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Aquia creek landing, on the Potomac--one of the first Federal navy objectives This little landing on the river became at the very outbreak of the war one of the chief objectives of the Federal navy. After the firing upon Sumter, the Confederates seized commanding points from Alexandria southward and mounted batteries of heavy guns as rapidly as possible. Aquia Creek, which was the terminus of the Aquia Creek & Fredericksburg Railroad, was fortified with twenty guns from the captured Norfolk Navy-yard, and was the chief menace to navigation of the Potomac by the Federal vessels. It was the first important duty of the navy to open and maintain the water communications of Washington with the North. If the Confederates could succeed in closing up the Potomac, their boast that the Confederate flag would fly over the National Capitol would not be an idle one, and thus the very first operations of the gunboats in the Potomac were of vital importance to the success of the Federal cause. Under the guns of the two batteries at Aquia Creek, Lieutenant Phelps performed the difficult and dangerous though unsung task of surveying the channel and replacing the buoys in the Potomac. The little flotilla of small vessels in the river carried only a light armament, and until joined by the “Pawnee,” a sloop of less than 1,300 tons, was almost powerless against such heavy ordnance as had been mounted by the Confederates. Yet when the “Freeborn” and the “Anacostia” and the “Resolute” boldly advanced to attack Captain W. F. Lynch's batteries at Aquia Creek on May 29, 1861, the guns of the navy spoke out the brave determination which ever characterized that arm of the service throughout the four years of war.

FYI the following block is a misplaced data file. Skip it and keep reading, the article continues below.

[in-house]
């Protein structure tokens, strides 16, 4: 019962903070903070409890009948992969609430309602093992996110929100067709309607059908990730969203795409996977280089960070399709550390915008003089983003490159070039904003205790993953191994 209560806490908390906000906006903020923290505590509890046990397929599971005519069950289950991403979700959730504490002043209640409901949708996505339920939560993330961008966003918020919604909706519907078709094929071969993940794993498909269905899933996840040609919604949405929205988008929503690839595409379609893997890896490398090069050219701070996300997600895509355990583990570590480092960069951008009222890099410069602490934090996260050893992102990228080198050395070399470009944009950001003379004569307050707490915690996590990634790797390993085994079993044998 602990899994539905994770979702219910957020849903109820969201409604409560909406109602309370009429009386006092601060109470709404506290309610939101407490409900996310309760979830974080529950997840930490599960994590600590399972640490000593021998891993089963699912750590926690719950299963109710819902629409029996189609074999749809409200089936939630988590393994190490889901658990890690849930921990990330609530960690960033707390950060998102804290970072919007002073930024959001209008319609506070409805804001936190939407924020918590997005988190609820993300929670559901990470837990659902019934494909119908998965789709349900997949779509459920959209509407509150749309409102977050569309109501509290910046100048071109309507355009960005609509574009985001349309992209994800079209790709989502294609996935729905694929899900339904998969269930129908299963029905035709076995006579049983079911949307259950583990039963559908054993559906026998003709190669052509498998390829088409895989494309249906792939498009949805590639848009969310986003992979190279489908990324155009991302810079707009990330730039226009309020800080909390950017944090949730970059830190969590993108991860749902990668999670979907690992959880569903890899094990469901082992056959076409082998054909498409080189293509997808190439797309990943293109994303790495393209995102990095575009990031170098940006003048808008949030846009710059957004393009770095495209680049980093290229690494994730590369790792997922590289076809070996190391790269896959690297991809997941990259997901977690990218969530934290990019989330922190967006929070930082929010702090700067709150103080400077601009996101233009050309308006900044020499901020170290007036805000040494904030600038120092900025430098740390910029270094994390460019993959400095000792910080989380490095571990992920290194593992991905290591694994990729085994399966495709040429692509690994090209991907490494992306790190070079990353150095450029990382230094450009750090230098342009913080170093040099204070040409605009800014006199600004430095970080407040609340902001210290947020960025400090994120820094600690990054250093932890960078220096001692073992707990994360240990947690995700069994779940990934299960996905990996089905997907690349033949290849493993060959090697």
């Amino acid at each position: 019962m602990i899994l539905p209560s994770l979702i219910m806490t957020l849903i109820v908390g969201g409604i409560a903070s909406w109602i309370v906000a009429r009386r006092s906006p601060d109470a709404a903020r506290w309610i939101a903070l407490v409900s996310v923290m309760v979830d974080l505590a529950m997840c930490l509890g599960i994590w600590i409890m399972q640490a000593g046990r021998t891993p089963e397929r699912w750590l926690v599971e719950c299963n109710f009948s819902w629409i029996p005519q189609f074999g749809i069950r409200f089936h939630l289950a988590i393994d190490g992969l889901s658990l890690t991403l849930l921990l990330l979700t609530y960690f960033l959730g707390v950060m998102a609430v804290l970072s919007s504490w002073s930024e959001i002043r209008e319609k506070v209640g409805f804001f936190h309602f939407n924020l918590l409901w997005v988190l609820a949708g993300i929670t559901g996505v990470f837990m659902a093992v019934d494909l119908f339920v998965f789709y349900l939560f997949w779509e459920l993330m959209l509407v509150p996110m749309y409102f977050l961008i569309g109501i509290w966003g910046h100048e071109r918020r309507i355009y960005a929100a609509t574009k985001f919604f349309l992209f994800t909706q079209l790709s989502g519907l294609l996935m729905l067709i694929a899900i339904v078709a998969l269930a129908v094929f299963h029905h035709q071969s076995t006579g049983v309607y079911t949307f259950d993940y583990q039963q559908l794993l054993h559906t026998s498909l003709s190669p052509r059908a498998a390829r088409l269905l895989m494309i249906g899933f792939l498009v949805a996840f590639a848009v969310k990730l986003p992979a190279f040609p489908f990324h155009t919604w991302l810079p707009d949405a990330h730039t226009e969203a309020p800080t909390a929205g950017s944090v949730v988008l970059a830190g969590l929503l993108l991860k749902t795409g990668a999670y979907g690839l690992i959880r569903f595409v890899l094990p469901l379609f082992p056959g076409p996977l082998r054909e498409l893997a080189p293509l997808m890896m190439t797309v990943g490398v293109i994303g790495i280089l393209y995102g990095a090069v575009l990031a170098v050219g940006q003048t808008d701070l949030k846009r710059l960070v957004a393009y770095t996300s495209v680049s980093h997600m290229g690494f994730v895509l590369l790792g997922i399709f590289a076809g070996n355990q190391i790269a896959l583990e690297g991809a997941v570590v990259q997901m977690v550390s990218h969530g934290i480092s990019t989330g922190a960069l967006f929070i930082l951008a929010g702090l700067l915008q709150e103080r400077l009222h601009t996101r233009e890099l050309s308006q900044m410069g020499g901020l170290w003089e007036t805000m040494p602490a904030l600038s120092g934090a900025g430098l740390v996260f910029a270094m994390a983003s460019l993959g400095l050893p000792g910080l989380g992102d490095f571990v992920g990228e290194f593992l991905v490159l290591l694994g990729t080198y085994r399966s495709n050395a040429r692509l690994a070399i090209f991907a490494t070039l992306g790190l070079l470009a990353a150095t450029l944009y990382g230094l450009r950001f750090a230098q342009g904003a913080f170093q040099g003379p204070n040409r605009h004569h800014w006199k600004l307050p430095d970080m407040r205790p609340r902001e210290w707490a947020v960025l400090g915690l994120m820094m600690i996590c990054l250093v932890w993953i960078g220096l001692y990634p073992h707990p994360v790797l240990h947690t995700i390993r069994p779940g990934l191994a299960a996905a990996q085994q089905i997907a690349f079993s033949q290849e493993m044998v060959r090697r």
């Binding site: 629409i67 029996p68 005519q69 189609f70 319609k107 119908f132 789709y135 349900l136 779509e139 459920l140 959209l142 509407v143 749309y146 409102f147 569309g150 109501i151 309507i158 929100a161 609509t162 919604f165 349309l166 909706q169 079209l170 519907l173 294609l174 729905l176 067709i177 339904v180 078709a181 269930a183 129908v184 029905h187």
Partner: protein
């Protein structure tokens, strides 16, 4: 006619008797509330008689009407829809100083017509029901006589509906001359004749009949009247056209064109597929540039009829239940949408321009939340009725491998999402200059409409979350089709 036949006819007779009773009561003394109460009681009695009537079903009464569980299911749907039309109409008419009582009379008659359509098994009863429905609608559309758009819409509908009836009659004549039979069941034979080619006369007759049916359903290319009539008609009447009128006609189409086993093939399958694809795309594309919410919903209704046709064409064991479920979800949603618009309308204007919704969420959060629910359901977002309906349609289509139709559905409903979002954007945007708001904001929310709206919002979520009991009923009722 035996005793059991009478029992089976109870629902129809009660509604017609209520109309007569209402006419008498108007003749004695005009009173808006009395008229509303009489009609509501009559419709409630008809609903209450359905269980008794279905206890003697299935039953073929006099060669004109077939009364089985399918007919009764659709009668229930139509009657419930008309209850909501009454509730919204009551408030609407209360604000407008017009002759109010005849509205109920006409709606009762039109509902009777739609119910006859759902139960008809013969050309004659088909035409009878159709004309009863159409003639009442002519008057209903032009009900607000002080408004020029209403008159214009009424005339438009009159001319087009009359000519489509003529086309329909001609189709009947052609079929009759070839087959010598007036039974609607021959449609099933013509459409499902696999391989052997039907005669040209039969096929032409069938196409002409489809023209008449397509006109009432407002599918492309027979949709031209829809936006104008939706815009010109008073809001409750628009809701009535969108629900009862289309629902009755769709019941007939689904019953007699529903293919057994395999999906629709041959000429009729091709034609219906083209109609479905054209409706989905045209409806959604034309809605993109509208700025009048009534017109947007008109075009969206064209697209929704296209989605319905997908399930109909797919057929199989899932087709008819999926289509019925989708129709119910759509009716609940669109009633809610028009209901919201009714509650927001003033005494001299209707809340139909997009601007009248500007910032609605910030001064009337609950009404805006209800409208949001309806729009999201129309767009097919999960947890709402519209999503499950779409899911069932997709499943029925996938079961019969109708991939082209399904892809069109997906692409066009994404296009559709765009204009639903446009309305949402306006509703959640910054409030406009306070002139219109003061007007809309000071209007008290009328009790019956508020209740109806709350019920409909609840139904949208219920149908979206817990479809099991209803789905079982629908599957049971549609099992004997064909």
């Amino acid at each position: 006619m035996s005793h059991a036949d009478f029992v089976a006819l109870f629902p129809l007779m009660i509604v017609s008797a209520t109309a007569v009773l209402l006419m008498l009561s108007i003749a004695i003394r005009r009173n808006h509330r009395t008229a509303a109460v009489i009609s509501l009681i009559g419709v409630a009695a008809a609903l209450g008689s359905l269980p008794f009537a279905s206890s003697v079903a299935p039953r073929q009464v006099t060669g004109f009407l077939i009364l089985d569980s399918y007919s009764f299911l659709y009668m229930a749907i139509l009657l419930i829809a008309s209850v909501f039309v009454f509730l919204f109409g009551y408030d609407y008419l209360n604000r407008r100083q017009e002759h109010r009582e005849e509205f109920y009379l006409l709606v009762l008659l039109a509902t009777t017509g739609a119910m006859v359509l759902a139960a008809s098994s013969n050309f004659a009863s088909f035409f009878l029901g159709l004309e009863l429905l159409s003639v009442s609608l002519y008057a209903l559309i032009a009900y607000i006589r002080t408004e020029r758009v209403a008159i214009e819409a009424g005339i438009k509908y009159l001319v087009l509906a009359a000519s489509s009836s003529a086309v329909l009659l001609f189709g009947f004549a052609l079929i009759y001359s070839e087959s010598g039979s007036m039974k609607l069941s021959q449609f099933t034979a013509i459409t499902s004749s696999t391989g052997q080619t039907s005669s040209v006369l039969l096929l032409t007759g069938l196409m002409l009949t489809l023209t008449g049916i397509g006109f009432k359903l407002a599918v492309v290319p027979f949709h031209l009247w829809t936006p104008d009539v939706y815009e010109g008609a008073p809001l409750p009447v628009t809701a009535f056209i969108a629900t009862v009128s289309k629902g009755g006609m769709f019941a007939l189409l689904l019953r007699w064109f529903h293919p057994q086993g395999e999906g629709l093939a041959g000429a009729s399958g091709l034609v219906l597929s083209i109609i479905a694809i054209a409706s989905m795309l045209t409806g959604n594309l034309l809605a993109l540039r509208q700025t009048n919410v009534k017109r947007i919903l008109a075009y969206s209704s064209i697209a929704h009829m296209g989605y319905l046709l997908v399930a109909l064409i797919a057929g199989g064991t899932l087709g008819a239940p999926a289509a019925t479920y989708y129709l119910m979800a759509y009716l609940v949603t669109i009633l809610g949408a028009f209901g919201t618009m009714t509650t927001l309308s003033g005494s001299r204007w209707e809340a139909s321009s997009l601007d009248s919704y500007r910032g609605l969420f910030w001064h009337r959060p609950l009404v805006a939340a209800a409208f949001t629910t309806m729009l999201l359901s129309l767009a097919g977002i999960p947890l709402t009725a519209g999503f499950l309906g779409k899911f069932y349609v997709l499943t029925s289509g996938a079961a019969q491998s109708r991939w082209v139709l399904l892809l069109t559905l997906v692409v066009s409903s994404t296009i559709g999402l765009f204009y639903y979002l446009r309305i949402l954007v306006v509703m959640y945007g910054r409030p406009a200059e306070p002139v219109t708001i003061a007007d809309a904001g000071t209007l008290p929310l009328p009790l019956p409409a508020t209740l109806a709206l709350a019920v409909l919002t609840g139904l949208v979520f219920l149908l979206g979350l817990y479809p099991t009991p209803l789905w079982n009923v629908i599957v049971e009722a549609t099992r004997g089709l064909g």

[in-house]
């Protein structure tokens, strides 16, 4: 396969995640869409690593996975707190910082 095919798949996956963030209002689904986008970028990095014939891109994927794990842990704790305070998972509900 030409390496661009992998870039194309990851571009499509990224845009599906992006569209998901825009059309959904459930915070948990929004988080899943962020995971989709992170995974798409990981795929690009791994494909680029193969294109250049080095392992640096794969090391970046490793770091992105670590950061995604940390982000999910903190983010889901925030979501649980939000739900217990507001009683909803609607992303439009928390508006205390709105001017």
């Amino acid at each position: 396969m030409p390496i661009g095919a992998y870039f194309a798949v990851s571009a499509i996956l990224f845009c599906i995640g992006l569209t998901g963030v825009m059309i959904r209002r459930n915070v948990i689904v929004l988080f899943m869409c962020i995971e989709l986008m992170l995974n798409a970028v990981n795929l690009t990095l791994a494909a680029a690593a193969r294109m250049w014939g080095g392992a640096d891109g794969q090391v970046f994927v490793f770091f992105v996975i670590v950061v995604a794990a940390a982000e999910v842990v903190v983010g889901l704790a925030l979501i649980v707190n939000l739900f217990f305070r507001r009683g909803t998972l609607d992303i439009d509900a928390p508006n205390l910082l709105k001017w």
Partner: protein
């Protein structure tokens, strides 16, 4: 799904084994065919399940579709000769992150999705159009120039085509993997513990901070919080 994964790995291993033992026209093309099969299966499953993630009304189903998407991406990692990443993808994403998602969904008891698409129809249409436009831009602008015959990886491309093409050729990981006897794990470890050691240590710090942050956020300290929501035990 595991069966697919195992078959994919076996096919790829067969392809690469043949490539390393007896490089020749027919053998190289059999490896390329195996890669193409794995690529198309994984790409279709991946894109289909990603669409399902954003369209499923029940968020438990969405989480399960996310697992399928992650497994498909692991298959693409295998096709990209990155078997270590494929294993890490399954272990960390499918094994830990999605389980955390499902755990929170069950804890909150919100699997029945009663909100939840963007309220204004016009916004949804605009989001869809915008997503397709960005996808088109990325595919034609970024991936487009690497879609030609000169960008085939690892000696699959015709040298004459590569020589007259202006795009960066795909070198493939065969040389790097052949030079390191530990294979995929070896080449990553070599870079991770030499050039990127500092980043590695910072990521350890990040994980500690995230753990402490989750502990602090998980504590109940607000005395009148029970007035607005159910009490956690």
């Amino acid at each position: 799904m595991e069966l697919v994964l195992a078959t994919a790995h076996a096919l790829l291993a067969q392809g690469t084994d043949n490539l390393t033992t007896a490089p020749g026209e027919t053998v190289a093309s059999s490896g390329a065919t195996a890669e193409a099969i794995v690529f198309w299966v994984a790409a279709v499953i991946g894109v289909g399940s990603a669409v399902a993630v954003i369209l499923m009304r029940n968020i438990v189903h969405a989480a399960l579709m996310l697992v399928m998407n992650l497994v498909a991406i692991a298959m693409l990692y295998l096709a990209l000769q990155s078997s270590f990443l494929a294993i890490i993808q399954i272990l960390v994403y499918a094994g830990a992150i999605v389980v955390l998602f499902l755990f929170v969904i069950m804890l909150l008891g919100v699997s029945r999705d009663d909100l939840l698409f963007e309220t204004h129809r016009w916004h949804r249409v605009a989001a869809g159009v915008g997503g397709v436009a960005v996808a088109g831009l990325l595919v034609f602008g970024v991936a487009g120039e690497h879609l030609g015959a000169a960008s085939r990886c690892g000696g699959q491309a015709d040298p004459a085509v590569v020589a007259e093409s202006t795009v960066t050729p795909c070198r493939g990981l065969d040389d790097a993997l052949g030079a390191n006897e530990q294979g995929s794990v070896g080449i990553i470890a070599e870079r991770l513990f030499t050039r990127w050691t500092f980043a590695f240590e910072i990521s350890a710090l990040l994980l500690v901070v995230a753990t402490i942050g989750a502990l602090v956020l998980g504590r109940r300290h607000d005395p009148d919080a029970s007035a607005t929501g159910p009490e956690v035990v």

James Harman Ward

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James Harman Ward (1)
Thomas Stowell Phelps (1)
William F. Lynch (1)
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May 29th, 1861 AD (1)
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